The amount, which is contained in the 2018 budget statement to be presented to Parliament Wednesday by the Finance Minister Ken Ofori-Atta, represents 8.7 per cent growth over the 2017 total expenditure, Graphic Online has reported.
The 2017 Asempa budget was in June revised down to GH¢55.9 billion following a 14.9 per cent decline in revenues within the first half.
A large part of the budget amount is expected to be committed to the social sector under which the government’s Free Senior High School, as well as the restoration of nursing and teacher trainee allowances fall.
Sources familiar with the budget told the Graphic that government believes the GH¢60.8 billion is enough to help anchor the stability in the economy and get it to grow above seven per cent next year.
GH¢700m to Marshall Plan on agric
The government also plans government to allocate about GH¢700 million of the 2018 budget to its Agricultural Marshall Plan that is expected to significantly revamp the agric sector and enable it to lead the effort towards economic transformation.
According to the Graphic, government is hopeful that the plan would build on the success of the Planting for Food and Jobs (PFAJ) programme geared towards improvin productivity in the sector.
The amount will primarily be invested in agricultural transformation programmes, construction and refurbishment of roads linking farms to urban centers and provide storage facilities for farm produce.
“The government is convinced that the Marshall plan is part of efforts to give true meaning to agriculture as the major economic driver, by modernising the sector to also achieve food security and profitability for farmers,” Graphic reported.
GHC100m stimulus package for distressed business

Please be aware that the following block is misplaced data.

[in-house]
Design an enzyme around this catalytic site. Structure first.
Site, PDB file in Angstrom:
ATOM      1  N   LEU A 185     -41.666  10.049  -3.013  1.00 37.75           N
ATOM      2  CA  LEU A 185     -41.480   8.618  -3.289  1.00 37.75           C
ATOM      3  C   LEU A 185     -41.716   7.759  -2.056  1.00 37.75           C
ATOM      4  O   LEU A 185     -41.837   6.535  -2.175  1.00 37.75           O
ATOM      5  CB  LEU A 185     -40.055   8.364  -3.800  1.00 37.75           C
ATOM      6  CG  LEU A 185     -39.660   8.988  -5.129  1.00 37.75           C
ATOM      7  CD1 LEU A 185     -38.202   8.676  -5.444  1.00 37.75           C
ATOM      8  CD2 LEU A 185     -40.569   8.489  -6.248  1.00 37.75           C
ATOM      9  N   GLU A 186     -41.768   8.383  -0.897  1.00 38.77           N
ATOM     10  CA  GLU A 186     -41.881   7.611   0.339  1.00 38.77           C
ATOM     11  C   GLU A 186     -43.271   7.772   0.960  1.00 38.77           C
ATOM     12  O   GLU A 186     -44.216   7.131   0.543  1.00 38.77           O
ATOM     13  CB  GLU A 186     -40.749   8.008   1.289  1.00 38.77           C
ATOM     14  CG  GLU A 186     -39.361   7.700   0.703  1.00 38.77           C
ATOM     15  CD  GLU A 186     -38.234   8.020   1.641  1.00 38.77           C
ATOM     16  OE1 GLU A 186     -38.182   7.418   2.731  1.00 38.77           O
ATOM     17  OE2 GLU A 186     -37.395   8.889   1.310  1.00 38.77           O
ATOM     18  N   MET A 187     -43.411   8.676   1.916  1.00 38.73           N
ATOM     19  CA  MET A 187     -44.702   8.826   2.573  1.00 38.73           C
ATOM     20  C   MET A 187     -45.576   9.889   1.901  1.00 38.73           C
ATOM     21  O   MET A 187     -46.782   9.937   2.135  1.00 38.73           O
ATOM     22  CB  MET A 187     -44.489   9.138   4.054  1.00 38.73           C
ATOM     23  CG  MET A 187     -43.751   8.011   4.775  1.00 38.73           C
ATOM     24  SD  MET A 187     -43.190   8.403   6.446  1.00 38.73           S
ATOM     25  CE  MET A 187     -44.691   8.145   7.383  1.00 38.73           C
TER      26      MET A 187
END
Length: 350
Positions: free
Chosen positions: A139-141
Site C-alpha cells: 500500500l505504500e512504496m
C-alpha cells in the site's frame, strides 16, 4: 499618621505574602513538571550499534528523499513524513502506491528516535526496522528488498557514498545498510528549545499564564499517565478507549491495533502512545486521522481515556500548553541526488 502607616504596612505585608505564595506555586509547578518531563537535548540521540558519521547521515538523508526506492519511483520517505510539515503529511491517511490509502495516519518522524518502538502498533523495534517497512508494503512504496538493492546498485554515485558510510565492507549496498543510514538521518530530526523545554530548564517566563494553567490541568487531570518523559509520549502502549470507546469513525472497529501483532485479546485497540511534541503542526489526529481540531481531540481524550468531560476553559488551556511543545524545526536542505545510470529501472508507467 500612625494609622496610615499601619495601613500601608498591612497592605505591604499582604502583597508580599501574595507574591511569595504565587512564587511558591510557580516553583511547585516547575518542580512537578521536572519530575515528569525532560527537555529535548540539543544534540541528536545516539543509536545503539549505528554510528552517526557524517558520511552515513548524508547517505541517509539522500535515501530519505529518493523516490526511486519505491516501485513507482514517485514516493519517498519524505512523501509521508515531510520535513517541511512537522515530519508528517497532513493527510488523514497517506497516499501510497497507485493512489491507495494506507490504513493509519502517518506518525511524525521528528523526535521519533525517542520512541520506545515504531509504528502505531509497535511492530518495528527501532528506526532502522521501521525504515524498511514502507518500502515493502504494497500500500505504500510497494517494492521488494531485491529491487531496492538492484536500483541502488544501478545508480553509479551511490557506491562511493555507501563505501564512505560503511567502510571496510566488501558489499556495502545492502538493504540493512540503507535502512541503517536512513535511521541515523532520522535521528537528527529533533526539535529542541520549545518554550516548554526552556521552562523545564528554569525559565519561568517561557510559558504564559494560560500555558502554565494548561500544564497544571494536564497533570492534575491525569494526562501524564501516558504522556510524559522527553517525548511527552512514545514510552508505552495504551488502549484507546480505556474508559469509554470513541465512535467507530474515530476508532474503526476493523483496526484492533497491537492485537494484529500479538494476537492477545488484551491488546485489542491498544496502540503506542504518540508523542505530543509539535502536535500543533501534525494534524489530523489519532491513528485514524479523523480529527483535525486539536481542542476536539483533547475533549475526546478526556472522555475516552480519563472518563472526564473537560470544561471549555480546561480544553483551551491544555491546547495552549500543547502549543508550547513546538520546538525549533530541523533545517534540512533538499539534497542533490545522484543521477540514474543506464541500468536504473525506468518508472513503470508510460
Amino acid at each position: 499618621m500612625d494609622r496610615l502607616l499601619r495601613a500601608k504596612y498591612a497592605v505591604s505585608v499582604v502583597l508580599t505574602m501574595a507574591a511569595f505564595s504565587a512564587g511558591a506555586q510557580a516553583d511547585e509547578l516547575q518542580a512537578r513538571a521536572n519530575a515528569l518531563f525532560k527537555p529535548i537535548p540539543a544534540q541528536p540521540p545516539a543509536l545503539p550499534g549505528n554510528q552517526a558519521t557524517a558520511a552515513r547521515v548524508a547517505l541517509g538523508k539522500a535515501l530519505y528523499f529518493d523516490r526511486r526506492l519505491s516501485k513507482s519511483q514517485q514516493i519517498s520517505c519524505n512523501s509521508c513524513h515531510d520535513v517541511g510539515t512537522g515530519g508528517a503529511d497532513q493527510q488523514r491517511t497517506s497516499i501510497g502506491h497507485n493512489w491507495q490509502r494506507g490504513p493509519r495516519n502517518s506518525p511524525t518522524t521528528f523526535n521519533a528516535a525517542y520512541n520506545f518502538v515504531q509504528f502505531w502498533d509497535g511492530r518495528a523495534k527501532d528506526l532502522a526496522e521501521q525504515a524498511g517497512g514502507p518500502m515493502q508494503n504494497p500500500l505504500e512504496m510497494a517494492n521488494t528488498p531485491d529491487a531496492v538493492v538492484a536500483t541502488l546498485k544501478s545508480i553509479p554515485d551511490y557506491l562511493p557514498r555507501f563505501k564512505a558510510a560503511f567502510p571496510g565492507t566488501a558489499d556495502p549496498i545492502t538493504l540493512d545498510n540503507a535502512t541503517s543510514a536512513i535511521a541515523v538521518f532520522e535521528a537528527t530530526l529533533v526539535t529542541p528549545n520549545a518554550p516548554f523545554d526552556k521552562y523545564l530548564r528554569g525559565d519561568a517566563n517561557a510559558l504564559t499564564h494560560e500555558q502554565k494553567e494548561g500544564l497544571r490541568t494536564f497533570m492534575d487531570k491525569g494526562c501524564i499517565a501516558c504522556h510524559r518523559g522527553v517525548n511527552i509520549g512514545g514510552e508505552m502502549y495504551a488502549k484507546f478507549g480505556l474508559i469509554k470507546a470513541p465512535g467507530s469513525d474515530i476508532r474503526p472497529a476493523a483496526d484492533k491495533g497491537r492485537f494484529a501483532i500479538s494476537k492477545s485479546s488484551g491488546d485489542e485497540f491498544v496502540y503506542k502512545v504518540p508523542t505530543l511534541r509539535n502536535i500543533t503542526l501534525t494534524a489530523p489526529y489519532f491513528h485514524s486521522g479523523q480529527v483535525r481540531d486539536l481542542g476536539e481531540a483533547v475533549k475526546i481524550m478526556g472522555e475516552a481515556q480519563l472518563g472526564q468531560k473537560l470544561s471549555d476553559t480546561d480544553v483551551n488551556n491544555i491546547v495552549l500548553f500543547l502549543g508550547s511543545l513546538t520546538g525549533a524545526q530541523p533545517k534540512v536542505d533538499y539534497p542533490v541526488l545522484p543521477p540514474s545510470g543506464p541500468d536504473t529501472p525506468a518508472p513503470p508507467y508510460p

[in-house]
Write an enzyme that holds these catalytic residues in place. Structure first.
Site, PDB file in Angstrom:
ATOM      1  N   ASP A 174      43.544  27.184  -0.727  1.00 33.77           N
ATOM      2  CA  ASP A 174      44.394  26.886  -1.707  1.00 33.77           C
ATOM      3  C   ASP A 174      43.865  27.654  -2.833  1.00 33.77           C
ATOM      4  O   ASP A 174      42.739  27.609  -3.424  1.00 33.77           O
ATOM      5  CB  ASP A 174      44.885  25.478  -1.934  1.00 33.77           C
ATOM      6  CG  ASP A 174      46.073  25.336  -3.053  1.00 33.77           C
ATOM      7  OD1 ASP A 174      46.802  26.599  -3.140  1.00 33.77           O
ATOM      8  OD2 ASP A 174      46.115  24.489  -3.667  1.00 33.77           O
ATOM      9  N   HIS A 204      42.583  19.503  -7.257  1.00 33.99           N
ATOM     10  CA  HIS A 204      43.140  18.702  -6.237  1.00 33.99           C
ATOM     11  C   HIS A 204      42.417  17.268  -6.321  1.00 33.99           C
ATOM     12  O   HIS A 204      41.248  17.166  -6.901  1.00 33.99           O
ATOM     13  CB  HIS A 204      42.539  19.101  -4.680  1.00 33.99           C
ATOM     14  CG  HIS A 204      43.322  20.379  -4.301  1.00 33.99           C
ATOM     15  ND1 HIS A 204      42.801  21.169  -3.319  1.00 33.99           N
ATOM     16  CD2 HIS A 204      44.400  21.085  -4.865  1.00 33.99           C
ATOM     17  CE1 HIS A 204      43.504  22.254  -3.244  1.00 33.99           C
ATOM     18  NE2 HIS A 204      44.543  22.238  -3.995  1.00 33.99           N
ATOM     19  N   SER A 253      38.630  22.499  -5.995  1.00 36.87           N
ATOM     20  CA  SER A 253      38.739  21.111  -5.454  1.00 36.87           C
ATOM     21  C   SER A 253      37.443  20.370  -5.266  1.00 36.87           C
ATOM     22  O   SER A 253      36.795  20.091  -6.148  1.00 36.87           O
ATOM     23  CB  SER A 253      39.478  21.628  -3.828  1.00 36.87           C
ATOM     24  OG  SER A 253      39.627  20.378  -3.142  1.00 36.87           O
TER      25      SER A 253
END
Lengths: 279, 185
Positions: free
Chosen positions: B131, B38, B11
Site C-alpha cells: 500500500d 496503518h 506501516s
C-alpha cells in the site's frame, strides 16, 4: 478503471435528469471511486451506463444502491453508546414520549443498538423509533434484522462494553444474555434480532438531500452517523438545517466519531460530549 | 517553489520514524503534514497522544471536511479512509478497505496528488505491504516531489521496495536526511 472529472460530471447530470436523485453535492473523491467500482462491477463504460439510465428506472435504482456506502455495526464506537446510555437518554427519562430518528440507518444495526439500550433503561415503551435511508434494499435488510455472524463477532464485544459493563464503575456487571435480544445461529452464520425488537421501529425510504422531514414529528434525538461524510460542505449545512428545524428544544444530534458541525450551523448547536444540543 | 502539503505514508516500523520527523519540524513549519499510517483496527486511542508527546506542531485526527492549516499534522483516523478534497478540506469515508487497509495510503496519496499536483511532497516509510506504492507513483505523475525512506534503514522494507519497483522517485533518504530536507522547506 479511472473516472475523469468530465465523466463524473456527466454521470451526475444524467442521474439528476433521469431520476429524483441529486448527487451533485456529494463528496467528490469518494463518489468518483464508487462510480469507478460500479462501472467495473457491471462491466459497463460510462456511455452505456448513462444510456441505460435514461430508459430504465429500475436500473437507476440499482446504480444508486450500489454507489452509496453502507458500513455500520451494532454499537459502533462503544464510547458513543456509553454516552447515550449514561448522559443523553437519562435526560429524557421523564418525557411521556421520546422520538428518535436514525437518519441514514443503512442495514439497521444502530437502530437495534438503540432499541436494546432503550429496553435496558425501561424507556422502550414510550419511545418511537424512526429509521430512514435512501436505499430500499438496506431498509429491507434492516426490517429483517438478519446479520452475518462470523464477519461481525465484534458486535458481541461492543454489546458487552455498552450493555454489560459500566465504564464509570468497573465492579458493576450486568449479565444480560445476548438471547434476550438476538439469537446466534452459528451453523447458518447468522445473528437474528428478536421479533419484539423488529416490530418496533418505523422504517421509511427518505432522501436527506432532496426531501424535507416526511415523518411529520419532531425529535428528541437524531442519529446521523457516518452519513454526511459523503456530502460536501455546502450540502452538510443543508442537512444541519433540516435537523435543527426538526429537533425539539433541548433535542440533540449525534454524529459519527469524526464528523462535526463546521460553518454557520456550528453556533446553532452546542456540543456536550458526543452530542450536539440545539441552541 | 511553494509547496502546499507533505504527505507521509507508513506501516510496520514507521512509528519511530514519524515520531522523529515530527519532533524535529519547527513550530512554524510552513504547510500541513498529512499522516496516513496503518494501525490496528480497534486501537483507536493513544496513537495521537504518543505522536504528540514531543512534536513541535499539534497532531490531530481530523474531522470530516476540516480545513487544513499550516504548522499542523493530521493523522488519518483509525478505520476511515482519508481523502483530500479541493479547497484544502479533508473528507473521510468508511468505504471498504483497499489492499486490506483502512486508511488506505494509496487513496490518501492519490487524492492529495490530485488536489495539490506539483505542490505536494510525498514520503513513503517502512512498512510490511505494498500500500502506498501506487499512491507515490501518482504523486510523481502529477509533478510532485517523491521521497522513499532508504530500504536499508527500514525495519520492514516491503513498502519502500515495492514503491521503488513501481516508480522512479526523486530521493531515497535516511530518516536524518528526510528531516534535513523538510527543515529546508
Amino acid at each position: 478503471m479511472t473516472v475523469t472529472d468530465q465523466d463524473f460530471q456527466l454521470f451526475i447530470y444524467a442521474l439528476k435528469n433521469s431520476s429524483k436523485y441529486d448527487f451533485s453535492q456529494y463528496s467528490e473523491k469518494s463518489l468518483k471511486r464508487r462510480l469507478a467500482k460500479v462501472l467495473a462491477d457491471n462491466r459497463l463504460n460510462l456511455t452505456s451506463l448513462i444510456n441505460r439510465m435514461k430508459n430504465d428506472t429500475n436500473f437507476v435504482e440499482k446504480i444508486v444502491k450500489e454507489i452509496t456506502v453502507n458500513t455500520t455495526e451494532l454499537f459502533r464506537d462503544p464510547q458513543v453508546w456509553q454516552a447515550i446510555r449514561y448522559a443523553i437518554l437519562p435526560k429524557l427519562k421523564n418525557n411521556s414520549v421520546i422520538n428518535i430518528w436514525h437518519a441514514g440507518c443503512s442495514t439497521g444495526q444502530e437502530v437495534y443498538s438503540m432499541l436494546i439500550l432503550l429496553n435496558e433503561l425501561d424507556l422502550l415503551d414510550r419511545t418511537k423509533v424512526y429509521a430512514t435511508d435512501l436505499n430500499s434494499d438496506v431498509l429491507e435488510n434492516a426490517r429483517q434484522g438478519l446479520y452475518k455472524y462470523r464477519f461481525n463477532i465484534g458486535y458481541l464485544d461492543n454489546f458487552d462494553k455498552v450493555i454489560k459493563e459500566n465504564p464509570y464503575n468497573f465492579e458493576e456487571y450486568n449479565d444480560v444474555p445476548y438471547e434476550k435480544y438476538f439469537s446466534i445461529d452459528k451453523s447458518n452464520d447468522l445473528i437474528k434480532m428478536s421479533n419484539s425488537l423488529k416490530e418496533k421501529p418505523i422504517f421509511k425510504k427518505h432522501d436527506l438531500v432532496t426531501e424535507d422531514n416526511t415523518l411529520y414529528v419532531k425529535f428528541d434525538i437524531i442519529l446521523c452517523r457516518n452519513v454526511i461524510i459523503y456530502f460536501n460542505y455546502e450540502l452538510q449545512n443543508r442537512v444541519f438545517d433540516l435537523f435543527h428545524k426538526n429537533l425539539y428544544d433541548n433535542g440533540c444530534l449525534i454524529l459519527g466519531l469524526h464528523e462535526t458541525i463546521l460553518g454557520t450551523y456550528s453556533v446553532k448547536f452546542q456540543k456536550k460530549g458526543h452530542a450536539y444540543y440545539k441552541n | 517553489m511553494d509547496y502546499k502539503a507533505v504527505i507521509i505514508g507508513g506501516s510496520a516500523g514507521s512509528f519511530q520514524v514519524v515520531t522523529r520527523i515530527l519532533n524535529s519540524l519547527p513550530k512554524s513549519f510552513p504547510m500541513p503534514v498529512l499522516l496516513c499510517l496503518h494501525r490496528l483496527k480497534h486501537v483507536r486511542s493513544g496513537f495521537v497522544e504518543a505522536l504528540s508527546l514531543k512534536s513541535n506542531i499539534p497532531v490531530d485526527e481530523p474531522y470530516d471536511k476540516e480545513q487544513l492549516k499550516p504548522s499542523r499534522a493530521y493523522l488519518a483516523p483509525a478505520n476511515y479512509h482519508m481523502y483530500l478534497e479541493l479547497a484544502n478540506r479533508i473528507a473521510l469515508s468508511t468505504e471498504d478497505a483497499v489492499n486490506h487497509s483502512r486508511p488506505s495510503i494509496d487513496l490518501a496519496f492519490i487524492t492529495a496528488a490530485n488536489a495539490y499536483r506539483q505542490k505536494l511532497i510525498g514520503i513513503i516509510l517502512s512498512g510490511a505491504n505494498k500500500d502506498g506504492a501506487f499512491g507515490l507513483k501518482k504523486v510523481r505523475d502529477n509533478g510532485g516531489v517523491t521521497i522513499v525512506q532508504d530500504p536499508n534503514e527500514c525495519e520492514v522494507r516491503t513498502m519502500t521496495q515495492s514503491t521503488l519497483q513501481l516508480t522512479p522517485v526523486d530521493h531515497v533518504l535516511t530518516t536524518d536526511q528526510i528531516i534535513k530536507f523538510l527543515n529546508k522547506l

An amount of 100 million cedis from the 2018 budget is expected to be committed into revamping some struggling business, which have mainly suffered due to the electricity crisis that affected the country leading to some layoffs, to stay afloat.
The businesses to benefit from the package would be identified by a special group of government officials and players in the private sector led by the Association of Ghana Industries.
Sources explain the stimulus package forms part of government’s plan to create a solid economy that thrives on strong private sector growth.
Govt targets 4.5% fiscal deficit
The government is planning to bring down the fiscal deficit down to 4.5 per cent of gross domestic product (GDP) in 2018. The figure is below the 3.8 per cent required by the International Monetary Fund (IMF).
2018’s deficit target will be some 1.8 percentage points lower than the 2017 target, which was set at 6.3 per cent.
According to the Grapic, it sourceswithin government has said the 2017 deficit target had virtually been met after a 14.9 per cent drop in revenues in the first six months of the year led to a downward revision to revenues and expenditures.
“The truth is that the focus for growth in the budget is not going to necessarily come from the fiscal side. To us, what is critical from the fiscal side is the stability – the exchange rate and making sure that you do not cut out the private sector – and that is what you will see in the budget,” one of the sources said, dismissing concerns that a rigid fiscal deficit of less 4.5 per cent of gross domestic product (GDP) could strangulate growth.
“The agenda is not about relying on government. It is more about getting the economy stabilised, bringing relief to businesses and then using the private sector to get the job done,” the source added.
Culled from Graphic Online|3news.com|Ghana